It’s school holidays in Kiruna – ‘Sportlov’, the winter sporting week – and the weather is winter-glorious. Most of Kiruna is out in the fjäll, or, if not, out in the landscape of Kiruna, sledding down the snow-covered old pits, skiing across the lake, making food over open fires in windshelters by the roadside. We were tempted out yesterday, but recent colds made us unfit for lengthy exposure and we couldn’t find an available windshelter that wasn’t full of smoke. That left us driving around town, looking for a sheltered place to sit.
We were looking for a sheltering building where we might be able to avoid people cooking sausages and enjoying themselves (which is all well and good in theory but sometimes you just want some peace and quiet). We wanted an unpopular, abandoned sort of place, but in town. Then we thought of Kiruna station. The old building, already out of use and due to be knocked down sometime this year, according to the mining company, LKAB. The godfather had spoken and the building was going to be taken out. It was a good thought to make use of it while we still could.
When we got to the station there was a lorry, men in fluorescent jackets, and – running along the old rail track – a new fence, separating the station from the mine, with a pile of snow stacked up behind it. Beside it, the path I liked to run along had become a dead end.
The men in fluorescent jackets eyed us uneasily. Clearly this wasn’t going to be a very relaxing place to sit in the sunshine. It was the beginning of the end for the railway station, and the work had begun, we noted, when Kiruna was on holiday.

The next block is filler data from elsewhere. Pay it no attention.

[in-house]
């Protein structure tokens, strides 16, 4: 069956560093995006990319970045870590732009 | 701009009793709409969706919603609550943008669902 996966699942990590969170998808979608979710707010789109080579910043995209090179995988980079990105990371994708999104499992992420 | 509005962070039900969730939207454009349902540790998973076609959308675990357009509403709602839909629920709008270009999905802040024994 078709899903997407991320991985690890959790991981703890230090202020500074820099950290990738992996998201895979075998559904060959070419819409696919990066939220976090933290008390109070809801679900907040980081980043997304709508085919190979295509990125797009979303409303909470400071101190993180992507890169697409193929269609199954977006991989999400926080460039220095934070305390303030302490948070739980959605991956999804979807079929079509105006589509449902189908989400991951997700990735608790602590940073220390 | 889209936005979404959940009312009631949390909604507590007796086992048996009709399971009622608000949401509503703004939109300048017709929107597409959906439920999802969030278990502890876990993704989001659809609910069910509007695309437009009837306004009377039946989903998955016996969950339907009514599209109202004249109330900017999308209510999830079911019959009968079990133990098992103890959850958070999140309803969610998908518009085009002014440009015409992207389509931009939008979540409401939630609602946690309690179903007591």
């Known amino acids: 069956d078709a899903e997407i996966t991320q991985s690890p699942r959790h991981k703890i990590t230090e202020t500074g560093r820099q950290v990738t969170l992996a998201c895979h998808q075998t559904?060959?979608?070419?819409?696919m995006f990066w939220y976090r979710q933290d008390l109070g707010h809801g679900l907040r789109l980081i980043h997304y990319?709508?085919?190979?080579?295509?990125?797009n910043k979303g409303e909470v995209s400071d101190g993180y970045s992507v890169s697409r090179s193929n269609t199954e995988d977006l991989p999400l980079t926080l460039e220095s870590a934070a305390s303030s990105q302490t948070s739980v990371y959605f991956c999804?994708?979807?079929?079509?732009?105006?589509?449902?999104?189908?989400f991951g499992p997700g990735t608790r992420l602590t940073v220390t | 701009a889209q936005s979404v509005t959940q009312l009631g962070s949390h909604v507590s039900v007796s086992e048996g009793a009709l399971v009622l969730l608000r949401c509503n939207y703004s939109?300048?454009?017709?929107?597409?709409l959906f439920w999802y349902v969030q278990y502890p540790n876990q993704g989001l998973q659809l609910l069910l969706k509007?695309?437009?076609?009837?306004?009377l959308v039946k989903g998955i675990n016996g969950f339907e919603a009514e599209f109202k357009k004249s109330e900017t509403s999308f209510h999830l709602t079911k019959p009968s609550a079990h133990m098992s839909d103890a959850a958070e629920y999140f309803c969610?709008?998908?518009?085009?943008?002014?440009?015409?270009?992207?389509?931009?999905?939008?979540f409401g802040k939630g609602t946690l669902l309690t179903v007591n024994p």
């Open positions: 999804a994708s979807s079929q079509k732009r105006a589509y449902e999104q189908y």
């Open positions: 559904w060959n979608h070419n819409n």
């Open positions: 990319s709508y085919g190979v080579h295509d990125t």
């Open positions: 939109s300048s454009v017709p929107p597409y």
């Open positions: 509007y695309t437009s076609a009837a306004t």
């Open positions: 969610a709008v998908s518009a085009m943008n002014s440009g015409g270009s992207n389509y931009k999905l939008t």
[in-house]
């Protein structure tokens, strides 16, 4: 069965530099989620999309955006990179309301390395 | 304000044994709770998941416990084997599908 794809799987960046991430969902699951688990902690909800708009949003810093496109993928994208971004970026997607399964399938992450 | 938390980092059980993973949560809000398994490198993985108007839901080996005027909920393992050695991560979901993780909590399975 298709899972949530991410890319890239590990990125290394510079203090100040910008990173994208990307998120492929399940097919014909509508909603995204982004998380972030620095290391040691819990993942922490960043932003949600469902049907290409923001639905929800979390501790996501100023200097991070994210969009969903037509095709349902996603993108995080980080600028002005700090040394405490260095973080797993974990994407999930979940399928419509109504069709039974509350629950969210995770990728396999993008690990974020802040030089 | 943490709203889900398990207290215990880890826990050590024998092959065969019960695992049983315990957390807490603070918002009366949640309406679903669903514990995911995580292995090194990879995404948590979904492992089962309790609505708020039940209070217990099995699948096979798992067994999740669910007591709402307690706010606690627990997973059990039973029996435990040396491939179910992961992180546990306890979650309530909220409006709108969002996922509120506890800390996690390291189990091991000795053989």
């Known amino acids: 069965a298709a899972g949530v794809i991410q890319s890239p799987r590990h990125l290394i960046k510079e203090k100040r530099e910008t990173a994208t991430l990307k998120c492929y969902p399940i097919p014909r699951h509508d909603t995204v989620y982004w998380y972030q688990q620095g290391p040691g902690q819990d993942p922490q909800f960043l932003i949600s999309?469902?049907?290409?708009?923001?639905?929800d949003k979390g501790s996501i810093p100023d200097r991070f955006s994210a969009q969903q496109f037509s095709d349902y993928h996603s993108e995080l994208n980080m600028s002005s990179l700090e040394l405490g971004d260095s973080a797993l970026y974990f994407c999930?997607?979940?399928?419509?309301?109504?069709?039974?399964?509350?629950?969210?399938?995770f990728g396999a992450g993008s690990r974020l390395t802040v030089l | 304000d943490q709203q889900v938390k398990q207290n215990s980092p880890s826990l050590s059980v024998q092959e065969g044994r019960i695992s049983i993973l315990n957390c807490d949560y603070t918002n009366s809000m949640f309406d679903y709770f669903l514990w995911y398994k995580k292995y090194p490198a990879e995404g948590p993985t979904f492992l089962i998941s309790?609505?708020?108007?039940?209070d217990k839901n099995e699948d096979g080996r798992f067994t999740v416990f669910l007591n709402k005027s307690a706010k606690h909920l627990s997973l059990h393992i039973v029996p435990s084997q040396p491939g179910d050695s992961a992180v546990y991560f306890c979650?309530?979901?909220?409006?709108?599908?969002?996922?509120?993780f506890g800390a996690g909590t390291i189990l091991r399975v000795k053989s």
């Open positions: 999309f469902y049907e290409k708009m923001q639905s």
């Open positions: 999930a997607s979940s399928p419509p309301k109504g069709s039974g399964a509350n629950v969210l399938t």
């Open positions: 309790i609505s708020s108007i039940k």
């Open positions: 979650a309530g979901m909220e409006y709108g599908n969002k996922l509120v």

The story continued all over town. Diggers, mysteriously digging by the roadside; heavy wire fencing stacked up next to buildings; old houses enclosed behind fencing and locked gates; signs warning us to ‘Keep Out’. It was the day that LKAB began removing some of Kiruna, and the first time we had experienced what it would be like to live with fenced-off, no-go areas in the middle of town. It felt a bit creepy.
In the town’s ‘mine park’, already defined by LKAB as a ‘moving oasis’ – where a park would replace the buildings moved elsewhere or knocked down – the giant photos of some of Kiruna’s first inhabitants stared blankly out at the newly fenced-off areas, their stares seeming more knowing than before. Nothing stays the same. Despite all the razzmatazz about the current plan to move the town, this has all happened before. A whole community disappeared just behind here – streets, houses, roads, shops, businesses, childhood memories. This is how it is Kiruna; you move on.
As an exercise in change management it can’t be faulted. You tell people what you are going to do, you give them some time to plan their response, and then, one day, you do it. You don’t slowly let things deteriorate. You don’t pull a tooth, one by one, increasing the agony with cruel anticipation. You plan the destruction, and then you destroy. And, it isn’t a bad idea to start when people’s attention is elsewhere, and then there it will be, a done deed, no going back.
When things in your past stand in the way of where you want to go, you have to cut yourself off from them. Just don’t go there. I’m trying to see it that way – that there’s no point lingering where you no longer have a life. It’s cruel, the destruction of the town, but there are things to be learned from it.